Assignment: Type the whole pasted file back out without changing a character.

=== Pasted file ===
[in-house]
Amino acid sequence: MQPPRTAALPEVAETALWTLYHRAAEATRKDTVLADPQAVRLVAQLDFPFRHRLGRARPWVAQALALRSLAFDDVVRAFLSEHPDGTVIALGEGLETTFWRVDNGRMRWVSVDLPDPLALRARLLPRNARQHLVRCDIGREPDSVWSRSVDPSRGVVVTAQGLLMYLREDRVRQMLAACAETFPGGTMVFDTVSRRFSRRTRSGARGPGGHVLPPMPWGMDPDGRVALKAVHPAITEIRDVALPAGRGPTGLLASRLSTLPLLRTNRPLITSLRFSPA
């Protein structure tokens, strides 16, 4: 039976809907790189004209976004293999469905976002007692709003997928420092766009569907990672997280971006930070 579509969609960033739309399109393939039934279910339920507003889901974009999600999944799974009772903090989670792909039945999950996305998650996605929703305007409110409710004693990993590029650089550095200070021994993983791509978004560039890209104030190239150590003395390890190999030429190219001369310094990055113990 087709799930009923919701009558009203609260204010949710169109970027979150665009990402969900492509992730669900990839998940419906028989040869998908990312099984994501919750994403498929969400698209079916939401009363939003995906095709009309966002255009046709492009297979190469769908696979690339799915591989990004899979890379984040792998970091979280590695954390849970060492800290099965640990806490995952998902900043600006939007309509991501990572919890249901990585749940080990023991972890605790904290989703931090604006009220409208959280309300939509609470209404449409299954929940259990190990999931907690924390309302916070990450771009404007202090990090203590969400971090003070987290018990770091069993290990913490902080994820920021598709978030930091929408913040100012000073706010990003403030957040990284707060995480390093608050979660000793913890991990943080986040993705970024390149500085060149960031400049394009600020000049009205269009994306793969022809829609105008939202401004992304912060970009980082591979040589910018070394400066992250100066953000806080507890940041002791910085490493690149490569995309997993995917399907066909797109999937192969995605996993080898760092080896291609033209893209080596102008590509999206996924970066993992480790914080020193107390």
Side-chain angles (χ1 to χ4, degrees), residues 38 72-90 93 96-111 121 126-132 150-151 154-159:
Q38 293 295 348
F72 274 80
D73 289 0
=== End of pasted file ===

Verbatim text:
[in-house]
Amino acid sequence: MQPPRTAALPEVAETALWTLYHRAAEATRKDTVLADPQAVRLVAQLDFPFRHRLGRARPWVAQALALRSLAFDDVVRAFLSEHPDGTVIALGEGLETTFWRVDNGRMRWVSVDLPDPLALRARLLPRNARQHLVRCDIGREPDSVWSRSVDPSRGVVVTAQGLLMYLREDRVRQMLAACAETFPGGTMVFDTVSRRFSRRTRSGARGPGGHVLPPMPWGMDPDGRVALKAVHPAITEIRDVALPAGRGPTGLLASRLSTLPLLRTNRPLITSLRFSPA
């Protein structure tokens, strides 16, 4: 039976809907790189004209976004293999469905976002007692709003997928420092766009569907990672997280971006930070 579509969609960033739309399109393939039934279910339920507003889901974009999600999944799974009772903090989670792909039945999950996305998650996605929703305007409110409710004693990993590029650089550095200070021994993983791509978004560039890209104030190239150590003395390890190999030429190219001369310094990055113990 087709799930009923919701009558009203609260204010949710169109970027979150665009990402969900492509992730669900990839998940419906028989040869998908990312099984994501919750994403498929969400698209079916939401009363939003995906095709009309966002255009046709492009297979190469769908696979690339799915591989990004899979890379984040792998970091979280590695954390849970060492800290099965640990806490995952998902900043600006939007309509991501990572919890249901990585749940080990023991972890605790904290989703931090604006009220409208959280309300939509609470209404449409299954929940259990190990999931907690924390309302916070990450771009404007202090990090203590969400971090003070987290018990770091069993290990913490902080994820920021598709978030930091929408913040100012000073706010990003403030957040990284707060995480390093608050979660000793913890991990943080986040993705970024390149500085060149960031400049394009600020000049009205269009994306793969022809829609105008939202401004992304912060970009980082591979040589910018070394400066992250100066953000806080507890940041002791910085490493690149490569995309997993995917399907066909797109999937192969995605996993080898760092080896291609033209893209080596102008590509999206996924970066993992480790914080020193107390």
Side-chain angles (χ1 to χ4, degrees), residues 38 72-90 93 96-111 121 126-132 150-151 154-159:
Q38 293 295 348
F72 274 80
D73 289 0